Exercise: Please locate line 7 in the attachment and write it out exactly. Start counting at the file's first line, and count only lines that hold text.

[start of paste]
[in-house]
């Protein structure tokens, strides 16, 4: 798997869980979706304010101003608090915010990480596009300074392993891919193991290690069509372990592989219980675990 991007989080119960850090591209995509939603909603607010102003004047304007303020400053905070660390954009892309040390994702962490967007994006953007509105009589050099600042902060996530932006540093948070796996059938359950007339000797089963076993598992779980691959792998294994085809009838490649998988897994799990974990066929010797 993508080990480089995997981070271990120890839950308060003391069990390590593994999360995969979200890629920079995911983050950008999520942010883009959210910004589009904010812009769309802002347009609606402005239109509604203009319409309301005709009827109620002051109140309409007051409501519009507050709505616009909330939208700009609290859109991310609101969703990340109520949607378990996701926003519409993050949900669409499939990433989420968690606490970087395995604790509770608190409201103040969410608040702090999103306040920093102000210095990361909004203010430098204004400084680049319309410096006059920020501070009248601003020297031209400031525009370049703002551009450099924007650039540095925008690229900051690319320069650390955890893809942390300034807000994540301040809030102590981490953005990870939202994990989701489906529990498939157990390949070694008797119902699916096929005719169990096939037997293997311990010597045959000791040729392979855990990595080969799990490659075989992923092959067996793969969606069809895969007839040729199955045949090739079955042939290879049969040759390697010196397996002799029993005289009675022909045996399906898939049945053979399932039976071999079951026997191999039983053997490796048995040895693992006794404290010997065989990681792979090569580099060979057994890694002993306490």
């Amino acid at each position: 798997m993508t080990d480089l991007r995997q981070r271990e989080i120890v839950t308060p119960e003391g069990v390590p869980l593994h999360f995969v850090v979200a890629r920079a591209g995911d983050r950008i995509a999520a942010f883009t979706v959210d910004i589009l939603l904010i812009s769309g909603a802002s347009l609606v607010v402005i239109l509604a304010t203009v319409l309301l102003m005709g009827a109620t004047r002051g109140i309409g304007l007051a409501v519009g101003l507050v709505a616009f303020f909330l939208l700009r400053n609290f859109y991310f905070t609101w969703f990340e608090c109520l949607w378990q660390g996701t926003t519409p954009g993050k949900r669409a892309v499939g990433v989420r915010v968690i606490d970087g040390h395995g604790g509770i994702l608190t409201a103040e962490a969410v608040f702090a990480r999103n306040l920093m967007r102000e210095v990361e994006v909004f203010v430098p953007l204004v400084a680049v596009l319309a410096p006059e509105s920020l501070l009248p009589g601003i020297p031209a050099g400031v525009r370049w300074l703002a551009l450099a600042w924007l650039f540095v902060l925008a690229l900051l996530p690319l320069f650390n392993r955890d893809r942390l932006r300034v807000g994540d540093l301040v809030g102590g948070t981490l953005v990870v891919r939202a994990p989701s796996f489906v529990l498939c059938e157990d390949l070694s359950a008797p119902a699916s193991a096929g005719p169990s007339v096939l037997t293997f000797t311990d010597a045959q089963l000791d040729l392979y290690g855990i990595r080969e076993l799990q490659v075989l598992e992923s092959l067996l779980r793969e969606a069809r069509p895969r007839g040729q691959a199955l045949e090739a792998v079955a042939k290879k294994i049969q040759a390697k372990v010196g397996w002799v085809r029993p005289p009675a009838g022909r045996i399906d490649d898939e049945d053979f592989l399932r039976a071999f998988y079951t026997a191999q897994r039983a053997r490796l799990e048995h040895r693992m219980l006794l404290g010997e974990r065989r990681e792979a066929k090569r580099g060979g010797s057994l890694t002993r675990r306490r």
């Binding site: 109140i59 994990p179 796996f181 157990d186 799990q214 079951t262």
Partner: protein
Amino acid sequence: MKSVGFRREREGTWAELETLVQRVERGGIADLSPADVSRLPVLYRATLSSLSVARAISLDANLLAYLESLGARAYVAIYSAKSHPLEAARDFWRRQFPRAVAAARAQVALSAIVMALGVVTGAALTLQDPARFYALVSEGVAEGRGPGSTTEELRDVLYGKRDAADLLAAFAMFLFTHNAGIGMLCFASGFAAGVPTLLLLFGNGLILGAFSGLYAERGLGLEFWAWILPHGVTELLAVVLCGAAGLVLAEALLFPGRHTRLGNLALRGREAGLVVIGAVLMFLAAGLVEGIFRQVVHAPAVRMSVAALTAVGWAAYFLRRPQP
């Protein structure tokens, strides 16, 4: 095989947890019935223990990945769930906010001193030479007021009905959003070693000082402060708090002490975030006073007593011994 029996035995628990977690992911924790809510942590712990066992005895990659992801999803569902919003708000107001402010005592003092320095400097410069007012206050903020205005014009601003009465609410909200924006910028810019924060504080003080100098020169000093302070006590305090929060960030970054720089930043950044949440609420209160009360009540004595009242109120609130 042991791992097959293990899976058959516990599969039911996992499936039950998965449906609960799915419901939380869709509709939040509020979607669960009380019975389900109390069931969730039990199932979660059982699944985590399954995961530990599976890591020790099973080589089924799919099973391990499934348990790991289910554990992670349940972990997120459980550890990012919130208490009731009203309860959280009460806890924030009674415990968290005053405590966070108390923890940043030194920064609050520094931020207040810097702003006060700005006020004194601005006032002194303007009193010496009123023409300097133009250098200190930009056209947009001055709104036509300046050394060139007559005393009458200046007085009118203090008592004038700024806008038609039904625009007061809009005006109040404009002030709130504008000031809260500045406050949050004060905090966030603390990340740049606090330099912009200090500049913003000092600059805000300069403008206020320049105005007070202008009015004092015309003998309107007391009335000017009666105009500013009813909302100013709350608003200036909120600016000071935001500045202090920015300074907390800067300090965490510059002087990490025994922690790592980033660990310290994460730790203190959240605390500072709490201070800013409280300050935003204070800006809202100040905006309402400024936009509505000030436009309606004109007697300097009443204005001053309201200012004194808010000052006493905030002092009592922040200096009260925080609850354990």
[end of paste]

């Protein structure tokens, strides 16, 4: 095989947890019935223990990945769930906010001193030479007021009905959003070693000082402060708090002490975030006073007593011994 029996035995628990977690992911924790809510942590712990066992005895990659992801999803569902919003708000107001402010005592003092320095400097410069007012206050903020205005014009601003009465609410909200924006910028810019924060504080003080100098020169000093302070006590305090929060960030970054720089930043950044949440609420209160009360009540004595009242109120609130 042991791992097959293990899976058959516990599969039911996992499936039950998965449906609960799915419901939380869709509709939040509020979607669960009380019975389900109390069931969730039990199932979660059982699944985590399954995961530990599976890591020790099973080589089924799919099973391990499934348990790991289910554990992670349940972990997120459980550890990012919130208490009731009203309860959280009460806890924030009674415990968290005053405590966070108390923890940043030194920064609050520094931020207040810097702003006060700005006020004194601005006032002194303007009193010496009123023409300097133009250098200190930009056209947009001055709104036509300046050394060139007559005393009458200046007085009118203090008592004038700024806008038609039904625009007061809009005006109040404009002030709130504008000031809260500045406050949050004060905090966030603390990340740049606090330099912009200090500049913003000092600059805000300069403008206020320049105005007070202008009015004092015309003998309107007391009335000017009666105009500013009813909302100013709350608003200036909120600016000071935001500045202090920015300074907390800067300090965490510059002087990490025994922690790592980033660990310290994460730790203190959240605390500072709490201070800013409280300050935003204070800006809202100040905006309402400024936009509505000030436009309606004109007697300097009443204005001053309201200012004194808010000052006493905030002092009592922040200096009260925080609850354990």